Materials and Equipment:

thin cardboard
grey cardstock
white cardstock
white printer paper
brads
scissors
black marker
printer

Directions:

1. Cut 3/4″ off the length and the height of the grey cardstock.

2. Glue they grey cardstock onto the cardboard, making sure that the border around the cardstock is equal on all sides.

3. Mount the photos onto white cardstock, allowing a 1/4 border on all sides.

4. Position the photos onto the grey cardstock and glue into place.

5. Cut out several car and tire shapes and glue to the grey cardstock. Attach the brads so that the appear to be the center of the tires.

5. Print out the title using an outline font. Using the black marker, fill in several of the letters.

6. Attach the title to the page, using glue.

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MS Paint vs PicMonkey vs Photoscape

February 9, 2015 / No Comments
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Photo Editing

I do a LOT of photo editing. On average, I probably spend 5 hours a week resizing, lightening, cropping and troubleshooting pictures. I don’t try for artistic results, just clean, serviceable photos.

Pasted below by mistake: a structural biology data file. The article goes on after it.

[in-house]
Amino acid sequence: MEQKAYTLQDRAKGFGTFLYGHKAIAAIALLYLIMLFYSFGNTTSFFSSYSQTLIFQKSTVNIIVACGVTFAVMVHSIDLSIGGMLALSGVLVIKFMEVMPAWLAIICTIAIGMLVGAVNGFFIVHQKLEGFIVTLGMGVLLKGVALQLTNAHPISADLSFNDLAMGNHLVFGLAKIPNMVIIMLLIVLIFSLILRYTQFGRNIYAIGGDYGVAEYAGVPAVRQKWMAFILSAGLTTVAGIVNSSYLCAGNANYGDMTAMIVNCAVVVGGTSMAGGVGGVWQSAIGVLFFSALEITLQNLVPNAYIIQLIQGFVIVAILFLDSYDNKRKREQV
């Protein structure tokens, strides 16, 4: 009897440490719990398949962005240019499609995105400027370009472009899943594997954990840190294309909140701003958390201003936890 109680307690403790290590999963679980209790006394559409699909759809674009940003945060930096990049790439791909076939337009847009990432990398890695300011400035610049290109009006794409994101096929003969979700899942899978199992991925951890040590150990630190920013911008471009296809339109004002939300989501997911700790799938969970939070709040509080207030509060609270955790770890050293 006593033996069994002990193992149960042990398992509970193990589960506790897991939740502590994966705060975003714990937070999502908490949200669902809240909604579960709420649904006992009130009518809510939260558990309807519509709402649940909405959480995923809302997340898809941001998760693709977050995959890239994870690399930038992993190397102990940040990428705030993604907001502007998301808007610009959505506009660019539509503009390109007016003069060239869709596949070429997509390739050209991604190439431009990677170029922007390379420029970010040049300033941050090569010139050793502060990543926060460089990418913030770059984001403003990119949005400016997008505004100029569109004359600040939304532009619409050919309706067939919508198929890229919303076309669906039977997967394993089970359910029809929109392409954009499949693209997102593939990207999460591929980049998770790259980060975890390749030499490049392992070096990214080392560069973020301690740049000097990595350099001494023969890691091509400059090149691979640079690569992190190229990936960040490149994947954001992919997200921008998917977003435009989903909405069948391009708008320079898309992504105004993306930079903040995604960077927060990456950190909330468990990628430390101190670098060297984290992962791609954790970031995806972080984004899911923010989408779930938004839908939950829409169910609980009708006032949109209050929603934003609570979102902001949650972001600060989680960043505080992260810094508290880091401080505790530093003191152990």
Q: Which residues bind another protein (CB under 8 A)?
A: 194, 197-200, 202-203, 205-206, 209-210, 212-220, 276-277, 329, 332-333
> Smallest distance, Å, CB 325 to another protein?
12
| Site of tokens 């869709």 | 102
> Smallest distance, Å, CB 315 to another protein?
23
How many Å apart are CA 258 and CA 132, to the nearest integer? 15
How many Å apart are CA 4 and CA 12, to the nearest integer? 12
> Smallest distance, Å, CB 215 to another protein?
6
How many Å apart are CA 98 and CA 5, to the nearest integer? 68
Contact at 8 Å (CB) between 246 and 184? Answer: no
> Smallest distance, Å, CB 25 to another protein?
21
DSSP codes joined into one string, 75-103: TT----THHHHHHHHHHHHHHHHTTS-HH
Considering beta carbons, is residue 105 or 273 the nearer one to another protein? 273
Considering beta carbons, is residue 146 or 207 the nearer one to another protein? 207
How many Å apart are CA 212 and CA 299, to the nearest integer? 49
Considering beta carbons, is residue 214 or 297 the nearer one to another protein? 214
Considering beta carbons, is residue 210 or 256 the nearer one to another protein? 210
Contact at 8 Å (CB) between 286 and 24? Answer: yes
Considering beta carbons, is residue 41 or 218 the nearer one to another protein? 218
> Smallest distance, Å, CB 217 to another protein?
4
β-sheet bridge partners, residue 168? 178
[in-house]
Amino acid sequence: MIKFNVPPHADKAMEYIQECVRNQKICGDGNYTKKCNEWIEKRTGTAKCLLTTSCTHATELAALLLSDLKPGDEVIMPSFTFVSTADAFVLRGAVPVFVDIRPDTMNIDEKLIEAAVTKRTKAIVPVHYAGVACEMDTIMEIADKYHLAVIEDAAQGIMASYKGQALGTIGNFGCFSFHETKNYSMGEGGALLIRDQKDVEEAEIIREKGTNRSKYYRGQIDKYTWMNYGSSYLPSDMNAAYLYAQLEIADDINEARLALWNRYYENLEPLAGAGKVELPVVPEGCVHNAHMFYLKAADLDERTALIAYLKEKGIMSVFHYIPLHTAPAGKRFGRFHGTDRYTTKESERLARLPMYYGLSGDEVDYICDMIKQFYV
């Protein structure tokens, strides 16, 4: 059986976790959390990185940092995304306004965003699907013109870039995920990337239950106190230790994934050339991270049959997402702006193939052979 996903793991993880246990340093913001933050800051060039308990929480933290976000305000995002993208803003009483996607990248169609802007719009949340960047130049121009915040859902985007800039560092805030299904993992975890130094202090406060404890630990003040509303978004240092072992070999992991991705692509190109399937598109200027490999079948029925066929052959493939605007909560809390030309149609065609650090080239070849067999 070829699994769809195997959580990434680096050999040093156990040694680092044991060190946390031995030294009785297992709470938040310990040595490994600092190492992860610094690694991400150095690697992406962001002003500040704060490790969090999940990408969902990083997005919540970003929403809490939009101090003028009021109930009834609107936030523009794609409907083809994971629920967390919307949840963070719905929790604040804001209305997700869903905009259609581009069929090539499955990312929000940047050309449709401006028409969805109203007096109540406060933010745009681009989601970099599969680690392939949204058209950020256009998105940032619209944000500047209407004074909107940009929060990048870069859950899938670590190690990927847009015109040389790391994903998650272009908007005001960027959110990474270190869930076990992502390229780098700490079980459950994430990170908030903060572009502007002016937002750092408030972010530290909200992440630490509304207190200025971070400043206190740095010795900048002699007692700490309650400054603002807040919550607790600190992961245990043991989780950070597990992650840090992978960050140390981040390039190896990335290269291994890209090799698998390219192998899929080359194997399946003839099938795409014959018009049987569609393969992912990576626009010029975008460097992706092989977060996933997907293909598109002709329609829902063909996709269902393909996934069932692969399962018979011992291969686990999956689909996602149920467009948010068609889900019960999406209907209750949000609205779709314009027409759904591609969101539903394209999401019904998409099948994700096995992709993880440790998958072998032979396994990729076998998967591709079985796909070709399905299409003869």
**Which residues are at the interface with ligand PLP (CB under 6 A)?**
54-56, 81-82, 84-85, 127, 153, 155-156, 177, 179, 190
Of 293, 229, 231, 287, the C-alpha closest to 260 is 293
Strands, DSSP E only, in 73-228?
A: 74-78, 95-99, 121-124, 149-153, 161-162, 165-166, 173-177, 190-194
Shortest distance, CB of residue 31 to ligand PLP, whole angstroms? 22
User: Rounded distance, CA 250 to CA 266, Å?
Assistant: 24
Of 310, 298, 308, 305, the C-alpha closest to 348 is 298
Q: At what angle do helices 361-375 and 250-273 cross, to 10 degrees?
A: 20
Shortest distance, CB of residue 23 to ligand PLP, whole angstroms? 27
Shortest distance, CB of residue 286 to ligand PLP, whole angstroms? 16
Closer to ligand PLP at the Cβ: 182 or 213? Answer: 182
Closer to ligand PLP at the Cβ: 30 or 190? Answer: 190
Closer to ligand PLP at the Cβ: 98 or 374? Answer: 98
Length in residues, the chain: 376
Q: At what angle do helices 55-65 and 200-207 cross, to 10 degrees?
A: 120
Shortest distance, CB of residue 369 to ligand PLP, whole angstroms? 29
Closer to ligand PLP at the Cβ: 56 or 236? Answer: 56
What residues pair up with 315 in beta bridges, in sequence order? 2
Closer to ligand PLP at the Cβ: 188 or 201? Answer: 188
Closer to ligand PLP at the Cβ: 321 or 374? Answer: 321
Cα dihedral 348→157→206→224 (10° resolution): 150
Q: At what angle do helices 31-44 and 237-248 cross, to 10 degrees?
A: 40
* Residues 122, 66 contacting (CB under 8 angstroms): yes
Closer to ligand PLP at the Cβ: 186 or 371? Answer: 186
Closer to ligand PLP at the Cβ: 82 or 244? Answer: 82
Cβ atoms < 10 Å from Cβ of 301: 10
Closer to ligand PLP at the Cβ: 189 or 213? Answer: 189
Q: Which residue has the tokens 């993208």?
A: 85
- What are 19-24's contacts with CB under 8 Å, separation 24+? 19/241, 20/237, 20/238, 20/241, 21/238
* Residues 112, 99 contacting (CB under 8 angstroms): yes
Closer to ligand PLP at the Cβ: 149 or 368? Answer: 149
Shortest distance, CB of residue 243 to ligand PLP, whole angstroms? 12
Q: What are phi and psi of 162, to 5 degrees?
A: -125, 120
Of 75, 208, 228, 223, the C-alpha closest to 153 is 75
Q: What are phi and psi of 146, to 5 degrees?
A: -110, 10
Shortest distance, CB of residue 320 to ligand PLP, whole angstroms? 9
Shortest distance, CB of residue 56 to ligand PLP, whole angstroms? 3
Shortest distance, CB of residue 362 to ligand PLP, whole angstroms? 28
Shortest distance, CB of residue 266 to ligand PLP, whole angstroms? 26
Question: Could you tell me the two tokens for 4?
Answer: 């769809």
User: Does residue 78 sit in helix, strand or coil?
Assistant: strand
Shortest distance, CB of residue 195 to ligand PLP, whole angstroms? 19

Since I haven’t had the patience to learn anything difficult, I use  a combination of three utilities/programs.  They are: MS Paint, PicMonkey and Photoscape. Between the three of them, I can accomplish just about any fixes I care to do.

Why three programs? Because each of them have good and bad points.

MS Paint is a very beginner level program. It has only a few features and the results are frequently pixely. On the other hand, MS Paint is extremely fast.

I use MS Paint primarily for resizing photographs, making quick and  simple line borders and for occasional fix-ups that only require drawing in a few pixels. It works very efficiently for those adjustments and it only takes a few seconds to open, save and close.